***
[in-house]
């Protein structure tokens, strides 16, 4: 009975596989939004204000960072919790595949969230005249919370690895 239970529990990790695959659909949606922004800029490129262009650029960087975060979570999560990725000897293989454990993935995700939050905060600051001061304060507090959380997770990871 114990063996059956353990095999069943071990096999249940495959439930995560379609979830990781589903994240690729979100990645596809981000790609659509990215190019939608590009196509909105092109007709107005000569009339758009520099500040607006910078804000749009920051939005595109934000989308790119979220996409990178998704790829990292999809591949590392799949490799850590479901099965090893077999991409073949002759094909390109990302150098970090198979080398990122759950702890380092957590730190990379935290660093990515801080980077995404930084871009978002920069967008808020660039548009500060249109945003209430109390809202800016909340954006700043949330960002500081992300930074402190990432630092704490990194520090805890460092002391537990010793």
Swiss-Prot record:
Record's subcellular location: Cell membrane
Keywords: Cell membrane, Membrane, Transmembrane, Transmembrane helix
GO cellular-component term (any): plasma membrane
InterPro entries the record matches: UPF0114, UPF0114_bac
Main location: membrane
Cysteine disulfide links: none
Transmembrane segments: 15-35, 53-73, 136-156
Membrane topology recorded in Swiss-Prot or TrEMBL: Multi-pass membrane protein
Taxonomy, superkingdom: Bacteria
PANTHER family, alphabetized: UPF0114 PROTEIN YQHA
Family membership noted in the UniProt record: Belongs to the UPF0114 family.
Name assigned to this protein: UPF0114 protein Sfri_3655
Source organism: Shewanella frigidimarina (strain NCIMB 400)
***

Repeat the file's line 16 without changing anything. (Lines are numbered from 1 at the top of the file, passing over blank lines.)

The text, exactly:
Source organism: Shewanella frigidimarina (strain NCIMB 400)